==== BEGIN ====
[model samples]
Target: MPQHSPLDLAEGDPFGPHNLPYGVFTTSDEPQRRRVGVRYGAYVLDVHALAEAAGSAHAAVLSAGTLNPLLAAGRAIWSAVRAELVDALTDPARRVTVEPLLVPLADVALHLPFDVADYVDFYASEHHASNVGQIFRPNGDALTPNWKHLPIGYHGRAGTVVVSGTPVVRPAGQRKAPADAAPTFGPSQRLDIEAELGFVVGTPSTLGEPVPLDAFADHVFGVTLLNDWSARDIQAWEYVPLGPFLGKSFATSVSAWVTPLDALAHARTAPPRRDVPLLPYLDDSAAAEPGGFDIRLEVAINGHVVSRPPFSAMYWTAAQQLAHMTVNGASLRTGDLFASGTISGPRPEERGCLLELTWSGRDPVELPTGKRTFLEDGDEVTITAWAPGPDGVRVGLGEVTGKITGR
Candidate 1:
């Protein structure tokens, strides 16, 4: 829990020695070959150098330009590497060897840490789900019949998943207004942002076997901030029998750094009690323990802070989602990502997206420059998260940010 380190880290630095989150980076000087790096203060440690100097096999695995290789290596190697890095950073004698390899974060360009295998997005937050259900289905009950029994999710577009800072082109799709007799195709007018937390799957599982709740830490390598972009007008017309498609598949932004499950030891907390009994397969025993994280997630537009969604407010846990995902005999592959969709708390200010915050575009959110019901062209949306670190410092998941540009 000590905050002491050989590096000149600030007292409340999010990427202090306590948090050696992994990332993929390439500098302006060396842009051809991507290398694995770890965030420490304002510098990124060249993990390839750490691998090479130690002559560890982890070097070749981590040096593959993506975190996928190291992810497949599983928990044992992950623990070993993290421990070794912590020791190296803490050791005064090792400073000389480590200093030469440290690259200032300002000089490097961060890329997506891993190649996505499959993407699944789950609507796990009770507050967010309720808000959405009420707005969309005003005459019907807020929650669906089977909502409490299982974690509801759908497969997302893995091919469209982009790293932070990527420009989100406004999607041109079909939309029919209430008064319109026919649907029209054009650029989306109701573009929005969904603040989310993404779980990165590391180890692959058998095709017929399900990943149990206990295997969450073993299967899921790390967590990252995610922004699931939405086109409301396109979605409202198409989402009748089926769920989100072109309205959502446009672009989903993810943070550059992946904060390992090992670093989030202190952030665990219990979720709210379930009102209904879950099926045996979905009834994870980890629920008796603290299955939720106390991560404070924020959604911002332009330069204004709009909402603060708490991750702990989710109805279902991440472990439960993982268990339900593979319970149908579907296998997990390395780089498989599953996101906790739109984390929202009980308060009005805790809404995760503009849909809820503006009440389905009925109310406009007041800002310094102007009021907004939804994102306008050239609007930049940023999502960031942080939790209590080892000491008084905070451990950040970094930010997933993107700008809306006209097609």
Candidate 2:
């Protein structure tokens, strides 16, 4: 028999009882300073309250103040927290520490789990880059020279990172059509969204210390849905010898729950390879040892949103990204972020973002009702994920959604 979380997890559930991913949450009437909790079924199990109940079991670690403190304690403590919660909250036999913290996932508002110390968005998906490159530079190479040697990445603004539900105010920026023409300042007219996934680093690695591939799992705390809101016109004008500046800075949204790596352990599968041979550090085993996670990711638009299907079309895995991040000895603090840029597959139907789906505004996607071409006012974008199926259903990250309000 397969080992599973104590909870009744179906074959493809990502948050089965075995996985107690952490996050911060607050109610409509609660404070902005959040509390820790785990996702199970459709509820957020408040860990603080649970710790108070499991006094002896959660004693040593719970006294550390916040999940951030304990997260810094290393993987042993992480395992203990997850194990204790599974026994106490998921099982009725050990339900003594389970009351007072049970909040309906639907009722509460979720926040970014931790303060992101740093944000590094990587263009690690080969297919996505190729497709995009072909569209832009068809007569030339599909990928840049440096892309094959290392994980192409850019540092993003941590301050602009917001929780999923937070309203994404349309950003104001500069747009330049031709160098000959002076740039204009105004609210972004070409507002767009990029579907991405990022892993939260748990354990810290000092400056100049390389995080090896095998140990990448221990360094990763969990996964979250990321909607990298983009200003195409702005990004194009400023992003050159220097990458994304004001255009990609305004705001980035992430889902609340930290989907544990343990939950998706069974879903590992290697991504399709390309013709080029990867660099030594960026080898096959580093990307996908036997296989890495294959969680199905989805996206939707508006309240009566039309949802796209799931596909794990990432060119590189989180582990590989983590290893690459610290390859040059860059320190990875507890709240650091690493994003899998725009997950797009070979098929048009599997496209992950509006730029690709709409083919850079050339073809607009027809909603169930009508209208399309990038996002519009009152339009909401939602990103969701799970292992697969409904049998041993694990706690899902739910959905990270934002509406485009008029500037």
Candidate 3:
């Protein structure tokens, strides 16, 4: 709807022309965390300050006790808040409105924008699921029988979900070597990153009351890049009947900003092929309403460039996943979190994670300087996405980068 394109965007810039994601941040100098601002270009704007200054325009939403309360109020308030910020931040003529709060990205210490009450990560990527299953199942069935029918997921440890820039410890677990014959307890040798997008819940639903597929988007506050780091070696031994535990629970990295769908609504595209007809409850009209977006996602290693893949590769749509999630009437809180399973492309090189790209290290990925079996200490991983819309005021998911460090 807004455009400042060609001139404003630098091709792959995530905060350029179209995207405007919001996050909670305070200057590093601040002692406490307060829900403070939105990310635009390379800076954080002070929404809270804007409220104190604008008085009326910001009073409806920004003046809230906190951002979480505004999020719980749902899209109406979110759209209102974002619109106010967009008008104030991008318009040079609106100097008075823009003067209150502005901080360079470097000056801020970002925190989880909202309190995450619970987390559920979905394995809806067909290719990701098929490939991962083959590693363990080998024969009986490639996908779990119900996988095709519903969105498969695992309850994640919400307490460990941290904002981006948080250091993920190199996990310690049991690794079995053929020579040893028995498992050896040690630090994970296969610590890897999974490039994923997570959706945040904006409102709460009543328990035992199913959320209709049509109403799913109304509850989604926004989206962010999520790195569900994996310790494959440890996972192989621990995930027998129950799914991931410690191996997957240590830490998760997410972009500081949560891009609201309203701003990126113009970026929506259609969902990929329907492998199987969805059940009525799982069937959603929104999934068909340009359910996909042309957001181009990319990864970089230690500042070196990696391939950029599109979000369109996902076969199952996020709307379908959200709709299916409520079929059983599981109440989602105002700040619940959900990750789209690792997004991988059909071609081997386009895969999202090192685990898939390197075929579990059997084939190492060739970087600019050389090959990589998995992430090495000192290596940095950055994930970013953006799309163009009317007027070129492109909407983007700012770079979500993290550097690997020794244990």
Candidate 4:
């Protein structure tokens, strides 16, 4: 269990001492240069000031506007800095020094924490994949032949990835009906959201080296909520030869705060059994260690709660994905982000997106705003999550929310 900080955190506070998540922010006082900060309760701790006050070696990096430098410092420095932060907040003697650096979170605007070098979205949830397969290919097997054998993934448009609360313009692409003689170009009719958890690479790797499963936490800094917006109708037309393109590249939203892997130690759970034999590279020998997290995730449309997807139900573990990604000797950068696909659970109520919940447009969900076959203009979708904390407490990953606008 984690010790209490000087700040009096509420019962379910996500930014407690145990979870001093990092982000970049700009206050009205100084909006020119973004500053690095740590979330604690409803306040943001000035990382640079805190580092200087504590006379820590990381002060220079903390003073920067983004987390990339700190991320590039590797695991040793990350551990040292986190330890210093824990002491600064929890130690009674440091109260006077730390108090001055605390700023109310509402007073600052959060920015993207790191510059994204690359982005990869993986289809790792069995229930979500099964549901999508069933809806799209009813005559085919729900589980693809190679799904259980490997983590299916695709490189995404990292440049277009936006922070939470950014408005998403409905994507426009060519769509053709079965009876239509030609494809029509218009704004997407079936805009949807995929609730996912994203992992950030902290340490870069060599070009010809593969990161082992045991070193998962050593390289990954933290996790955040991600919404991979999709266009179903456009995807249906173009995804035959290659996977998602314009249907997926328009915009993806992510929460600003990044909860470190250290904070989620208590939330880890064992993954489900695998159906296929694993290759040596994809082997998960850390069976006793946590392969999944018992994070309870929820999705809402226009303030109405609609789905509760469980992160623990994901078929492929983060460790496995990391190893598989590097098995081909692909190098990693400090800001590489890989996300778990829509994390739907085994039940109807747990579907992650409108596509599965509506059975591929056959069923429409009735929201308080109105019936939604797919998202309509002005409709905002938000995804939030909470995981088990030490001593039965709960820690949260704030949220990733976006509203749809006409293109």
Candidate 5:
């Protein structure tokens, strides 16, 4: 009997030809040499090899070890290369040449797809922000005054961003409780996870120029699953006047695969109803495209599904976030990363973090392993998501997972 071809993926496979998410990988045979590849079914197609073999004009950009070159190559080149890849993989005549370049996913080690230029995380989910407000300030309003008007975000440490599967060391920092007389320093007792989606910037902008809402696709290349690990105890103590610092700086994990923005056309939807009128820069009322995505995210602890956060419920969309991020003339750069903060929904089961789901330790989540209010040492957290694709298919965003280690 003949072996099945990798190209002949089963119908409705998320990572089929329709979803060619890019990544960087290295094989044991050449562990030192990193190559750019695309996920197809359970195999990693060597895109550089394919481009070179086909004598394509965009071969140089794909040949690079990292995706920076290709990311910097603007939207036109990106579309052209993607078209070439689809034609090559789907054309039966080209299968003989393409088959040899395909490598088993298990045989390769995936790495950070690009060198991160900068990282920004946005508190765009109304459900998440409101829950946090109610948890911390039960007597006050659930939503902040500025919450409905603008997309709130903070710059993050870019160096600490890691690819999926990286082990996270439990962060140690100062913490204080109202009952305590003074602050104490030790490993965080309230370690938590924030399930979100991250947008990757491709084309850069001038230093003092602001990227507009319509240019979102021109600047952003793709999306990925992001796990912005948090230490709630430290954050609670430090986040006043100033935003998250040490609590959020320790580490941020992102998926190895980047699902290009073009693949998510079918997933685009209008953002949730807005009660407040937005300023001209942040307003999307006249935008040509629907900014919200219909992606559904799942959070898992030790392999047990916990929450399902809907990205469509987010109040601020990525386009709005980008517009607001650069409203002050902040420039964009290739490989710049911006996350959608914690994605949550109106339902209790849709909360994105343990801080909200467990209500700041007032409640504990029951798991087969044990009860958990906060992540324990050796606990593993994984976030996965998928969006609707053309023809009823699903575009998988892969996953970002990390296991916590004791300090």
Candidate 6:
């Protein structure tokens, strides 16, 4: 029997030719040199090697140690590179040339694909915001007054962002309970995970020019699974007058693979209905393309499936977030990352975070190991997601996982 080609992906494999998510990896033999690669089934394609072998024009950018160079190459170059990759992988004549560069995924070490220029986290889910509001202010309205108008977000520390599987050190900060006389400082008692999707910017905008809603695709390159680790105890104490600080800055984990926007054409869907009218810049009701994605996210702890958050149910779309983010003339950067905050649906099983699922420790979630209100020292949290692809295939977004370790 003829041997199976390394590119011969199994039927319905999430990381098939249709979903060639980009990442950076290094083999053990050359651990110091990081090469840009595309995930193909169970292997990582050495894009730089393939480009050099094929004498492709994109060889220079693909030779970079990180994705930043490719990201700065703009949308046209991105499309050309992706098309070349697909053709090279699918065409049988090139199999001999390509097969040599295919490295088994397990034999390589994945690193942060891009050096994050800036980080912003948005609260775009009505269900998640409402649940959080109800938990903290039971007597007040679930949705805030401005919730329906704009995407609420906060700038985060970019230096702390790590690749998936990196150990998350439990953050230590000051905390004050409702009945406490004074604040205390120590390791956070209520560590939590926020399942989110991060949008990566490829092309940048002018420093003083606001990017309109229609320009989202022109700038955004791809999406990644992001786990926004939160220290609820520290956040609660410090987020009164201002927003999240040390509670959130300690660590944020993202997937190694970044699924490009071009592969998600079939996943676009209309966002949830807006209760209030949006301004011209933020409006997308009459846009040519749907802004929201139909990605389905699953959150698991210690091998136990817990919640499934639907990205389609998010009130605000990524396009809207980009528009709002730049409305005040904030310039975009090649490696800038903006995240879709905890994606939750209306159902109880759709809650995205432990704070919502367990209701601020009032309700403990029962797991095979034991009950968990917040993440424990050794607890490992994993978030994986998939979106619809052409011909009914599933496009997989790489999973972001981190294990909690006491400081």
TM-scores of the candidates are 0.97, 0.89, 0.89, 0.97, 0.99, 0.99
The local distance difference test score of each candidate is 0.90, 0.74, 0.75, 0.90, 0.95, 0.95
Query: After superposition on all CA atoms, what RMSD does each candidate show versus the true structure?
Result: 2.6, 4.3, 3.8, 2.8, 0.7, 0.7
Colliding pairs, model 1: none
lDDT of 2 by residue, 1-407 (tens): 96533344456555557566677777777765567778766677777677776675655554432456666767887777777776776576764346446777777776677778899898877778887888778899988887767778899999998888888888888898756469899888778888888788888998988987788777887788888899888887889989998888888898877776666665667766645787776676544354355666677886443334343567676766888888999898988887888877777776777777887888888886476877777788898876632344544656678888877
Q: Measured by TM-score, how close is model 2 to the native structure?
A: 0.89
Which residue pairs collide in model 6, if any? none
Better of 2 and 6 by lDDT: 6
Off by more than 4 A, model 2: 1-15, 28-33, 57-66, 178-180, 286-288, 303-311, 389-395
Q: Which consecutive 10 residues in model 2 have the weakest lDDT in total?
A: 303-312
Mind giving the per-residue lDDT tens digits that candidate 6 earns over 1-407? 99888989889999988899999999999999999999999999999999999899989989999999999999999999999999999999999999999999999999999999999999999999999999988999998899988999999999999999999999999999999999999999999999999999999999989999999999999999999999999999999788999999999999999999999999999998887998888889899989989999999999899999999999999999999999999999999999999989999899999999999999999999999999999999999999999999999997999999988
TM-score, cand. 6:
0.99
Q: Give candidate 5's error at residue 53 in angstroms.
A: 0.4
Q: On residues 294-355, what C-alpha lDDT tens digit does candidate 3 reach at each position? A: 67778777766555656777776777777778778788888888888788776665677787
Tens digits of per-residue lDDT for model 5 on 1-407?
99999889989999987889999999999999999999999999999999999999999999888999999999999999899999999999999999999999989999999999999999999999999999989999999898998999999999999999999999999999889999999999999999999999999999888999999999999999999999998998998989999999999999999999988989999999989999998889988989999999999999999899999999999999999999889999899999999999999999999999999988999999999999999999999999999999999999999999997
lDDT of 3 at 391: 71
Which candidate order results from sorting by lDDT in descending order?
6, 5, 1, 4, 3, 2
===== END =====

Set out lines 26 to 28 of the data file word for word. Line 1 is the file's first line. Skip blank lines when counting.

Q: Which consecutive 10 residues in model 2 have the weakest lDDT in total?
A: 303-312
Mind giving the per-residue lDDT tens digits that candidate 6 earns over 1-407? 99888989889999988899999999999999999999999999999999999899989989999999999999999999999999999999999999999999999999999999999999999999999999988999998899988999999999999999999999999999999999999999999999999999999999989999999999999999999999999999999788999999999999999999999999999998887998888889899989989999999999899999999999999999999999999999999999999989999899999999999999999999999999999999999999999999999997999999988